Arrieta Dominates Red Sox

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BOSTON — After silencing the Red Sox and their fans for 72/3 innings Monday night, Jake Arrieta received the ultimate compliment at sold-out Fenway Park after falling short in his bid for a no-hitter.

A standing ovation.

Arrieta came within four outs in his latest no-hit bid before Steven Drew hit Arrieta’s career-high 120th and final pitch for a clean single to right field.

That barely put a dent in Arrieta’s latest achievement — a 2-0 victory that capped a remarkable June and a terrific two months since he came off the disabled list because of shoulder stiffness.

“Something like that in Fenway is rare,” Arrieta said of the ovation from the opposing but appreciative fans. “I got some goose bumps there, and that’s why you play the game — for moments like that.”

From Cubs executives who returned to the venue of their two World Series titles to Cubs fans who have braced themselves for the potential departures of Jeff Samardzija and Jason Hammel while waiting patiently for a new wave of top prospects, Arrieta’s performance lent more hope for the future.

Since coming off the DL, Arrieta is 5-1 with a 1.81 ERA in 11 starts. More impressive, he posted a 4-0 record and 0.92 ERA in six starts in June and has struck out 39 in his last 282/3 innings.

Monday’s performance was Arrieta’s first since he threw six perfect innings before allowing two runs on three hits in the seventh in a 7-3 win over the Reds on June 24. Although Arrieta walked Mike Napoli with one out in the fifth Monday, he possessed better command of his fastball, cut fastball, slider and changeup while showing more confidence in the latter pitch by throwing it while behind on the count in the late innings.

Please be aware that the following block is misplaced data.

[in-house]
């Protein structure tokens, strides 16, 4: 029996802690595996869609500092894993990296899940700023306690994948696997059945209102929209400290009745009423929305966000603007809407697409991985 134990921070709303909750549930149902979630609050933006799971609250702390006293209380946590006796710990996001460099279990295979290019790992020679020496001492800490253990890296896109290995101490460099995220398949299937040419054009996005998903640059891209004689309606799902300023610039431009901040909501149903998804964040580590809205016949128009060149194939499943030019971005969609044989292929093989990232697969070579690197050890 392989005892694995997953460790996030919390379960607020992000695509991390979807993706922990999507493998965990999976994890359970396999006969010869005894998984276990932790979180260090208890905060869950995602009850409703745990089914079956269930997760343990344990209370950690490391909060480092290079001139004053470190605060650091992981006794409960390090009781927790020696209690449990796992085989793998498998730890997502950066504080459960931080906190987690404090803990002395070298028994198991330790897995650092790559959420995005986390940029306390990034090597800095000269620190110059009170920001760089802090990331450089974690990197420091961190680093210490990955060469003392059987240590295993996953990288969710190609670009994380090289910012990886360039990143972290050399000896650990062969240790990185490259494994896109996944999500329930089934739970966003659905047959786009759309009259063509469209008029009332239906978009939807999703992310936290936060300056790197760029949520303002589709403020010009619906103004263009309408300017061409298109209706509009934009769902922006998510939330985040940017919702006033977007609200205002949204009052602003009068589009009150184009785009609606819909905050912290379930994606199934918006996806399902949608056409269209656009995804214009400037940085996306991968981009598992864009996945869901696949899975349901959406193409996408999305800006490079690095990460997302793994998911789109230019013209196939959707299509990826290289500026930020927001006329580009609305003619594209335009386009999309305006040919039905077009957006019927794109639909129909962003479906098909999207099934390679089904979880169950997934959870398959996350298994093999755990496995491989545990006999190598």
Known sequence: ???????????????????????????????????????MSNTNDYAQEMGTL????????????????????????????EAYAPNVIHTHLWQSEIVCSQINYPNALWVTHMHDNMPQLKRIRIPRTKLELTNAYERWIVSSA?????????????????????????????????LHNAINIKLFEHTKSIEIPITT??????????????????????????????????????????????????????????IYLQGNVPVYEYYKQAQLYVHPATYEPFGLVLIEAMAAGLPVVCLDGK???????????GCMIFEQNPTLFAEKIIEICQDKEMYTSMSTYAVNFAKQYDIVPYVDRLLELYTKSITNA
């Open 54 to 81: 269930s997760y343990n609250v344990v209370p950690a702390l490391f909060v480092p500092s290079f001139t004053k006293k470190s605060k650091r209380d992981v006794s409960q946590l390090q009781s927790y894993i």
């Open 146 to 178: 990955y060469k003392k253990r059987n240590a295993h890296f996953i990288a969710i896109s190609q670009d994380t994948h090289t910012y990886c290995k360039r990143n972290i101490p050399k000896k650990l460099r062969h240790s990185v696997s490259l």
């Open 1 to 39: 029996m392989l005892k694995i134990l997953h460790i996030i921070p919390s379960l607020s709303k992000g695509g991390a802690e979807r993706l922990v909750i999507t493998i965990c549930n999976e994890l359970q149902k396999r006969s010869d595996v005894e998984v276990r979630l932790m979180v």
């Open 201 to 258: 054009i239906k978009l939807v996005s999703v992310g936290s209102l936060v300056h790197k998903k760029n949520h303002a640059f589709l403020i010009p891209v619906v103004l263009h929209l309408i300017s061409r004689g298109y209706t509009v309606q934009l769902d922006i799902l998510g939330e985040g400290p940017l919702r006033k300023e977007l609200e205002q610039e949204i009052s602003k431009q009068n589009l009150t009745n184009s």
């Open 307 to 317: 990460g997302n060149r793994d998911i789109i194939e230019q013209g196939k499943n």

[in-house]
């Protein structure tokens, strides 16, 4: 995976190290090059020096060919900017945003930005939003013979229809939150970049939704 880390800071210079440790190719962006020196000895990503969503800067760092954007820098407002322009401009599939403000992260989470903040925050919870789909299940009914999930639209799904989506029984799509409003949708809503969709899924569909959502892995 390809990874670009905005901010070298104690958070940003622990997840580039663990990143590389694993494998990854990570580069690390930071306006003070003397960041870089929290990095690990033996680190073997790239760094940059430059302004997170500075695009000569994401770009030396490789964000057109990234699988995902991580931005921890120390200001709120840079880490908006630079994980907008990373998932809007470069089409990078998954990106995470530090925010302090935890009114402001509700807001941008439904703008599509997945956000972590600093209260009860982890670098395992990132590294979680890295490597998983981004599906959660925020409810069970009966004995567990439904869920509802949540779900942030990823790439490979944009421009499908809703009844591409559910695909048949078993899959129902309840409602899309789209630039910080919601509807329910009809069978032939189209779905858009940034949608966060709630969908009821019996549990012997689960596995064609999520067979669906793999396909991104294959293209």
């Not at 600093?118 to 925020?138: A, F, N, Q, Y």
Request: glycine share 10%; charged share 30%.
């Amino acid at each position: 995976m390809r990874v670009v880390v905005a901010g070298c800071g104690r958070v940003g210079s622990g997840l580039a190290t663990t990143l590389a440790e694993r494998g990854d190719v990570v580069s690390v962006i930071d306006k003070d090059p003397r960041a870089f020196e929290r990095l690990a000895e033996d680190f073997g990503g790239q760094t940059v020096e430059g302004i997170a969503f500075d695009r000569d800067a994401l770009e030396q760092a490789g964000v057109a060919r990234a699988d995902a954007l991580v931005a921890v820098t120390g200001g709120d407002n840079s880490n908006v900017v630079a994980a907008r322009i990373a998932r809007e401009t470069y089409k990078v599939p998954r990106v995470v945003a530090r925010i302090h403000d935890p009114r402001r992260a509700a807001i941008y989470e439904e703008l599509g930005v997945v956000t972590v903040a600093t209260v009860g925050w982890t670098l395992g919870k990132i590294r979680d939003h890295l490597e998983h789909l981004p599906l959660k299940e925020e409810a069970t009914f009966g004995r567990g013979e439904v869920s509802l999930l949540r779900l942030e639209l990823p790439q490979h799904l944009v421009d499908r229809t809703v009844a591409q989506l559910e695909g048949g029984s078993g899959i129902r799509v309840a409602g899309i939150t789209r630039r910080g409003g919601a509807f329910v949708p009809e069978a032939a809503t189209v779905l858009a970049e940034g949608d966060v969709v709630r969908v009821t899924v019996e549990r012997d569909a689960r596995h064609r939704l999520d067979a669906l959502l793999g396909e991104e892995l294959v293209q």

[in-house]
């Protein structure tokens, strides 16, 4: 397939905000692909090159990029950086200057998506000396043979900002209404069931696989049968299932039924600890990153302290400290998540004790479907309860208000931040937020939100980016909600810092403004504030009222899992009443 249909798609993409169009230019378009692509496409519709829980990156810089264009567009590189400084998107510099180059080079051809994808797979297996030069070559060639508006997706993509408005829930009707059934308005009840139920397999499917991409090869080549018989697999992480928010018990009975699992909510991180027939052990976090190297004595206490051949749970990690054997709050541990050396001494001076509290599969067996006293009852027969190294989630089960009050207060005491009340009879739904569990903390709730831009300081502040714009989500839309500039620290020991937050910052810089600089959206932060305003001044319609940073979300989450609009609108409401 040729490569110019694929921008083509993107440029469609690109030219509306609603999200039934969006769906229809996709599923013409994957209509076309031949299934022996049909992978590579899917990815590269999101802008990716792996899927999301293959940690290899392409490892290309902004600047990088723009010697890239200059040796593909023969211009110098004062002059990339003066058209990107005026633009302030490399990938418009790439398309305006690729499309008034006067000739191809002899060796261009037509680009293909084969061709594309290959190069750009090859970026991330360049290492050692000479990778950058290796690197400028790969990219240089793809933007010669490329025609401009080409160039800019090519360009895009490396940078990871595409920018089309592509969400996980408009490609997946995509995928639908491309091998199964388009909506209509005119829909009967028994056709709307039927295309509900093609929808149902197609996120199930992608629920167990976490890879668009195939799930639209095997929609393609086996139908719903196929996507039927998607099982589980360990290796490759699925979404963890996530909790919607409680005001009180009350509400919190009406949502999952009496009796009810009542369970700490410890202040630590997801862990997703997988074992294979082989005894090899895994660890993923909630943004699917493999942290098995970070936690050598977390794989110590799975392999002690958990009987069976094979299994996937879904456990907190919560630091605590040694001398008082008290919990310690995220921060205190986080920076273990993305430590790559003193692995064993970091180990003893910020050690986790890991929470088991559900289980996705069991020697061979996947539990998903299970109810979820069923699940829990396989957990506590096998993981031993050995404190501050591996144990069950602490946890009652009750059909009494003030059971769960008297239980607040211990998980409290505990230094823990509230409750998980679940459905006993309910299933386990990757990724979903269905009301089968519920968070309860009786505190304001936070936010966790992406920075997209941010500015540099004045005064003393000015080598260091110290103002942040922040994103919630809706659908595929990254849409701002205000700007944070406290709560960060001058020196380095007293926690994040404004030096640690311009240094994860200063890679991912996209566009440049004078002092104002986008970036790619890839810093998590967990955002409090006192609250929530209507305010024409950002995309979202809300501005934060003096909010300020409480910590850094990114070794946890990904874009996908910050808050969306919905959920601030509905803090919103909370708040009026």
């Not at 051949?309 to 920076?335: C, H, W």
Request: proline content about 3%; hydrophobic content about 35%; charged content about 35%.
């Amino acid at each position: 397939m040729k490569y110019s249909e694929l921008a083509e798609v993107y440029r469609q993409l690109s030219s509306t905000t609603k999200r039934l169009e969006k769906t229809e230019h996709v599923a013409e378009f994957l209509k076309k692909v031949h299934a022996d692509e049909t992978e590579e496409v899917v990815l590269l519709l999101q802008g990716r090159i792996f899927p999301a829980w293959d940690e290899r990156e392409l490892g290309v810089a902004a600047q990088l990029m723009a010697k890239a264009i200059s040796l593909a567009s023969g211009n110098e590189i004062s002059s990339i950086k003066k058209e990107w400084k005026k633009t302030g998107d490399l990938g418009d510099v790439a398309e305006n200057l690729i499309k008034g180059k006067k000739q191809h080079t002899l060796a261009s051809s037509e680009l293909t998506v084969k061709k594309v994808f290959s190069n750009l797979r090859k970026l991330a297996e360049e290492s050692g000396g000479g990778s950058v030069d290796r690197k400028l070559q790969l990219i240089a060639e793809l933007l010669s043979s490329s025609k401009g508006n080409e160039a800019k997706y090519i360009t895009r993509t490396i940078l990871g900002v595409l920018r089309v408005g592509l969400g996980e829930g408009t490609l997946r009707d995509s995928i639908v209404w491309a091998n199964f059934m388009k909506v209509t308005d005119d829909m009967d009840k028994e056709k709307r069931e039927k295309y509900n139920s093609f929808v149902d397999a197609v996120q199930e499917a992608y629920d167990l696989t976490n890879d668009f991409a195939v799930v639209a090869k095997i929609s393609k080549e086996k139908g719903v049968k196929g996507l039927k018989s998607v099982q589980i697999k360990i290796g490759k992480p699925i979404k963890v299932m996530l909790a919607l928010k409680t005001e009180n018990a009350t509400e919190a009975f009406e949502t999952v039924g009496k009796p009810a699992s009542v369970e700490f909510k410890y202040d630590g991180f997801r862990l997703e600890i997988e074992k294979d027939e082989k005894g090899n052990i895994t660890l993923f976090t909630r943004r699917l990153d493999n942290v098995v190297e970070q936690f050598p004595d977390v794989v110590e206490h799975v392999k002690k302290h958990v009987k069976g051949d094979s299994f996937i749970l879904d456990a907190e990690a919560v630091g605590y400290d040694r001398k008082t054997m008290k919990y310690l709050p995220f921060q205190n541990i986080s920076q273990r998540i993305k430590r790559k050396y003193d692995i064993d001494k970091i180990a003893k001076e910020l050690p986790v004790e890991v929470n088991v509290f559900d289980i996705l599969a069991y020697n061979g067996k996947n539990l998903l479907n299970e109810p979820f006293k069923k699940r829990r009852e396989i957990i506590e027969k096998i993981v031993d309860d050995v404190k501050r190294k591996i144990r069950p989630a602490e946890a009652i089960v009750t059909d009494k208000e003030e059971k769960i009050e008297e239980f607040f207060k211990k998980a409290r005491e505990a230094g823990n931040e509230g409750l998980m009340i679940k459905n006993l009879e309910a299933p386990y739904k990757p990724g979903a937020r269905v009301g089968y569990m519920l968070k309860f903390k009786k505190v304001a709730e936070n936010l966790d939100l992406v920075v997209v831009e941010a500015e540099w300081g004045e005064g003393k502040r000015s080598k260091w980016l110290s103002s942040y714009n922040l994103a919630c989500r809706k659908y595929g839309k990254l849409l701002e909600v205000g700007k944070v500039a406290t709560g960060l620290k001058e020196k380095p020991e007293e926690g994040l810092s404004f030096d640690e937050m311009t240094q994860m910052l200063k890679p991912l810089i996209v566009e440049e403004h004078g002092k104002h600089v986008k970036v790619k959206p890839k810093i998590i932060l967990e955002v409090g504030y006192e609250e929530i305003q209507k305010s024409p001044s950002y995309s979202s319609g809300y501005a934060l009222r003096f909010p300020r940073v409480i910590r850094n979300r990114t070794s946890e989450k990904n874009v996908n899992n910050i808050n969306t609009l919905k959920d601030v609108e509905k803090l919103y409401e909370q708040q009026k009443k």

This appears to be a culmination of the qualities Arrieta displayed when the Orioles named him their opening-day starter in 2013.

“He’s pitched his way into that company, with the strikeouts and the batting average against,” said pitching coach Chris Bosio, who was the last pitcher to throw a no-hitter against the Red Sox (on April 22, 1993 in Seattle).

Arrieta’s only issue was his high pitch count, though it appeared he was going to stay in the game until he lost his no-hit bid.

“His delivery is spot-on and made some great pitches and was very methodical in his approach to every hitter,” manager Rick Renteria said.

Since joining the Cubs on July 2, 2013, Arrieta is 9-3 with a 2.62 ERA in 20 starts.

“As a player and person, I feel like I’ve grown so much in all areas,” said Arrieta, who was 20-25 with a 5.46 ERA in 69 games with the Orioles from 2010-13. “When I started playing this game, I was still a kid. Now I feel like I’m a young man who is continuing to learn and grow as a dad, husband, player and teammate.

“Those are very important aspects of this game. I feel that, combined with a pretty good work ethic and routine, are the results I can tend to have from game to game.”

Despite his two months of success, Arrieta wouldn’t be goaded into thinking he had a late shot at making the National League All-Star team.

“My wife threw that out there a few days ago,” Arrieta said. “I try not to think about it too much because if I did, I’d get overly excited about it. And if it doesn’t happen, maybe it’s a little disappointing. It’s something I’ve dreamed of but never expected to happen.”

And neither did Renteria expect an ovation from the Fenway fans after he pulled Arrieta.

“We were all gathered at the mound and said, ‘Look at this.’ ” Renteria said. ” ‘This is some kind of awesome.’ I tip my cap to everybody because that was some show of respect. That was awesome.”

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